The Berkeley City Council determined funding allocations for fiscal year 2022 and the city’s legislative platform for next year at its regular meeting Tuesday.
The council unanimously passed Mayor Jesse Arreguín’s budget proposal. The budget will fund regular city maintenance, in addition to initiatives addressing inequity, public safety and security. Big-ticket items include an $819,000 investment in cybersecurity for telecommuting needs, a $1 million allocation to cover police overtime and a more than $700,000 increase in legislative assistants’ salaries and fringe benefits. The budget also allocates funds to keep the city’s near $69,000 enterprise Zoom license to ensure the council can continue holding its meetings remotely during the pandemic.
Despite the fact that this fiscal year saw the onset of the pandemic and shelter-in-place, the city is ending 2021 with money left to allocate to council members’ priorities. Councilmember Sophie Hahn said Berkeley is fortunate relative to other cities for this reason.
“Fiscally, things are looking up,” said Councilmember Kate Harrison during the meeting.
In comments following Arreguín’s budget recommendations, Harrison requested a $200,000 allocation toward the city’s climate goals. Residents, including Kelly Hammargren and Andrea Malarky, spoke in favor of this request during public comment.
Several residents also spoke against a $1.3 million allocation in the budget for security cameras. In the end, the $1.3 million surveillance investment remained in the budget while the suggested $200,000 climate fund did not.
After public comment, Councilmember Terry Taplin emphasized the need for surveillance cameras in South and West Berkeley to curb gun violence.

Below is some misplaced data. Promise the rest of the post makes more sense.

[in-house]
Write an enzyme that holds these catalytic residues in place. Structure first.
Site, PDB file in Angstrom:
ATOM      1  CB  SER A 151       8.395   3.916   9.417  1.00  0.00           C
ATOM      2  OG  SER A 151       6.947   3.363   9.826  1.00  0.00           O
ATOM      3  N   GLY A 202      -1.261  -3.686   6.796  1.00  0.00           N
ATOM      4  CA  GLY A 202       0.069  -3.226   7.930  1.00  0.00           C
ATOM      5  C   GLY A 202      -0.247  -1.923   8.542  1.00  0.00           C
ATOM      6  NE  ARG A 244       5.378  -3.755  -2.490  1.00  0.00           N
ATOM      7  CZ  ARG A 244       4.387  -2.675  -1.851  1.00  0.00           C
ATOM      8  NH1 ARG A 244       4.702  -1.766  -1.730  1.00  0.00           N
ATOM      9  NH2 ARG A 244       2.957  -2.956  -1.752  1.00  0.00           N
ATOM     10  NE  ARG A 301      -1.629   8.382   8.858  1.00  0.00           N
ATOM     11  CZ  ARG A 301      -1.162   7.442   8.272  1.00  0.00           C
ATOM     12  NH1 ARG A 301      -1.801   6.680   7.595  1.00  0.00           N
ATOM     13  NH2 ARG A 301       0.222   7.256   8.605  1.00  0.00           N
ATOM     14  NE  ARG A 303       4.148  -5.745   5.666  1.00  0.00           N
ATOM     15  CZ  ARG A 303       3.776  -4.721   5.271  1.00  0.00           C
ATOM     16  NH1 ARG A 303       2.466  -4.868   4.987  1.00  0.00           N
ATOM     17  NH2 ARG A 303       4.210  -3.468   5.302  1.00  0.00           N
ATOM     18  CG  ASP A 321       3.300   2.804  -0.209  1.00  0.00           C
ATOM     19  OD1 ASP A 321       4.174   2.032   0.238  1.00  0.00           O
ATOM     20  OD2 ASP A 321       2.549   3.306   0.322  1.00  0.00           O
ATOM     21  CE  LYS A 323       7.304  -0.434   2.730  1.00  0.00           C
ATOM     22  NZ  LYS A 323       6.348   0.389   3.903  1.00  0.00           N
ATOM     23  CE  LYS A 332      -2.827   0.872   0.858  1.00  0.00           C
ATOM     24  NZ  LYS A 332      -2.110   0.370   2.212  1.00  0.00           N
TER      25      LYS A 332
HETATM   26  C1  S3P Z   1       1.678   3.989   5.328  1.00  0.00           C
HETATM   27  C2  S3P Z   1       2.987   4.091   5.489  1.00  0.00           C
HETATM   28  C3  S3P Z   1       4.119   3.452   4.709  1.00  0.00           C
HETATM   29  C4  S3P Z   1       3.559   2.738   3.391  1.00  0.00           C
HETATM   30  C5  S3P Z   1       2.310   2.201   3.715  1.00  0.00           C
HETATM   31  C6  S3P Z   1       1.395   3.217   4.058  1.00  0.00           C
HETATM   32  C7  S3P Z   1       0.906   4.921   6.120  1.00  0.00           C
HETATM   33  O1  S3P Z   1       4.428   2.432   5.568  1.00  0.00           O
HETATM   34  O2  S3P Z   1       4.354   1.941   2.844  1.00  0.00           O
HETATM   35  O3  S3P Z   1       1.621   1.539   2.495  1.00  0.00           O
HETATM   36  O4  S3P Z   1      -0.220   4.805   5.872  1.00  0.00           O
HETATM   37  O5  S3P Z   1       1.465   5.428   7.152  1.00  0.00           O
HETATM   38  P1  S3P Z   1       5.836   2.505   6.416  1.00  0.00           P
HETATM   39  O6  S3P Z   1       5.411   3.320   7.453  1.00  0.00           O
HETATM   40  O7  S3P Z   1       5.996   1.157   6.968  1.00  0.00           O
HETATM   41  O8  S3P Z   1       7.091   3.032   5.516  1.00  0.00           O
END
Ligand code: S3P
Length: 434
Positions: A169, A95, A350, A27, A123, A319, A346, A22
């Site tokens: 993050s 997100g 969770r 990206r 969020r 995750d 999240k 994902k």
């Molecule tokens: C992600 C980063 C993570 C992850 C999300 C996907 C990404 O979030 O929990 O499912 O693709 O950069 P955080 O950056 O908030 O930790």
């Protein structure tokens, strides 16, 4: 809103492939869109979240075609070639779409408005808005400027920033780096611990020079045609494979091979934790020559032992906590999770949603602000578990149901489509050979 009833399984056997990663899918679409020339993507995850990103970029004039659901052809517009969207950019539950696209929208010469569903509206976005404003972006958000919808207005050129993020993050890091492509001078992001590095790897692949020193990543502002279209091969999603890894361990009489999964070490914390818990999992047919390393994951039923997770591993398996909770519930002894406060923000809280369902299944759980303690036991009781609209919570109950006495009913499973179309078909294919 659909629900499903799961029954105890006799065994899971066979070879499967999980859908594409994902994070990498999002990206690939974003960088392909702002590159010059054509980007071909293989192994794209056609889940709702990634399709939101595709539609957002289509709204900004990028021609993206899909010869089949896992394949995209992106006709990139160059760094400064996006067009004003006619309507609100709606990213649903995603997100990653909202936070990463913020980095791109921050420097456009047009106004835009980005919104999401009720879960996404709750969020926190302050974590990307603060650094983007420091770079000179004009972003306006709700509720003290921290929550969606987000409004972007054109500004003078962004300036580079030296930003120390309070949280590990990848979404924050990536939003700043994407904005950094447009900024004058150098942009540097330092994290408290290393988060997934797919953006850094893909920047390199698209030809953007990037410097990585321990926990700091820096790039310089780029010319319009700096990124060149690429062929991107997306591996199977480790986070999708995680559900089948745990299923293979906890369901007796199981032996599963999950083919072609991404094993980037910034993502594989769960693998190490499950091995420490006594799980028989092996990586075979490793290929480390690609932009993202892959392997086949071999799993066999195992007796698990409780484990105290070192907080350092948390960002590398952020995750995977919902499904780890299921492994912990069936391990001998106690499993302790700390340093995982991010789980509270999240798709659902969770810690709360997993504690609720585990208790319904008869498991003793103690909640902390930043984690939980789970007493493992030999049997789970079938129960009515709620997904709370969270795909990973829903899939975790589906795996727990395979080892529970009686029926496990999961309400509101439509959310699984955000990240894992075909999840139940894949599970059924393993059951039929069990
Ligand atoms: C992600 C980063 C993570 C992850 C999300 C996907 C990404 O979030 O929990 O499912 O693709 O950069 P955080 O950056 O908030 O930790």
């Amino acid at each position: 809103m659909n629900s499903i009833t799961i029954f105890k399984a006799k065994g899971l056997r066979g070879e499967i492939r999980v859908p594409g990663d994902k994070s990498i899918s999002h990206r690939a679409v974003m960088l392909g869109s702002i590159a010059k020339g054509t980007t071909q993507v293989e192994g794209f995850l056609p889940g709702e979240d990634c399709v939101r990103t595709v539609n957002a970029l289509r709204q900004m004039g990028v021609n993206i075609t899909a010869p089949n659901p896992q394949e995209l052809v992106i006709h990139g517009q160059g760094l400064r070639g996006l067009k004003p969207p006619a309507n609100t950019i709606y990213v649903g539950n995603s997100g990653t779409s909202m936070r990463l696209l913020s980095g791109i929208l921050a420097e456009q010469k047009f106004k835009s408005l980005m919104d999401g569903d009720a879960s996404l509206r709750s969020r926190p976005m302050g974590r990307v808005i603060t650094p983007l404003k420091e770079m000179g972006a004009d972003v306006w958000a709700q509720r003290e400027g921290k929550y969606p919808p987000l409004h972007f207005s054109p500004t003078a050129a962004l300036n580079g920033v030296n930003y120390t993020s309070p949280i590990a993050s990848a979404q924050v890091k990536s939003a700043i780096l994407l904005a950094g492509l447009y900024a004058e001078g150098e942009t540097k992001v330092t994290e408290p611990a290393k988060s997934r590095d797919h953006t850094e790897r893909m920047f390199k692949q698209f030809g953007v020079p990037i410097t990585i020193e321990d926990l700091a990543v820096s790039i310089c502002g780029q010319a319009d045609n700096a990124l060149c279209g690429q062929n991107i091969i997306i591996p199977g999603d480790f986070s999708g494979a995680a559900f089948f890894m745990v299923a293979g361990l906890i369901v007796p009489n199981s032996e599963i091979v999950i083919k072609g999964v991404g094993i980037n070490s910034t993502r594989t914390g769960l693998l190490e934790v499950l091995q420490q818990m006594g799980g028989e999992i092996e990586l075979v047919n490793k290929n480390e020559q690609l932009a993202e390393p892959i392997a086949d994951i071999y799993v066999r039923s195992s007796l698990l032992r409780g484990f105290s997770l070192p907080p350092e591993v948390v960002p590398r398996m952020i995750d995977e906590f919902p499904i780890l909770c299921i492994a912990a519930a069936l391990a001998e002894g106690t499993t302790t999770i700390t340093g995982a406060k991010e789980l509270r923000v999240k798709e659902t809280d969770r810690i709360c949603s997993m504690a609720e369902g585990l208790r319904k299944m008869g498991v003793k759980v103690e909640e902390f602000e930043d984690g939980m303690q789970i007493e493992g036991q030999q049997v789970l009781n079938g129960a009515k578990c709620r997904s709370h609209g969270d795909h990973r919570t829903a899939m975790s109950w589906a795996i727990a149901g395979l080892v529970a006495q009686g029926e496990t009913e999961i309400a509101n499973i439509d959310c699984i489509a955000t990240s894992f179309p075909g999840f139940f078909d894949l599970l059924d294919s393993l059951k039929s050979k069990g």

“We’re at a point in the gun crisis that the urgency is impossible to ignore,” Taplin said.
During the meeting, the council also accepted revisions to the city’s 2022 State and Federal Legislative Platform. Priorities that made the list include affordable housing, climate change, COVID-19 recovery, privacy, transportation and wildfire prevention.
Council members also voted unanimously to explore charging for street parking Sundays in Berkeley. The council directed city manager Dee Williams-Ridley and the city’s Transportation Commission to consider matching the days street parking requires payment to the days off-street garages require payment.
Public comment on the issue was split in support and against the proposed change. Former council member Cheryl Davila spoke against eliminating free street parking Sundays and said it would have a negative impact on churches. Former Berkeley mayoral candidate Aidan Hill also spoke against the change and argued that Berkeley families do not need the extra stress of having their cars towed.
The revenues generated by charging for street parking Sundays would likely offset losses to the Parking Meter Fund incurred during the pandemic and support pedestrian and bicycle facilities around the city.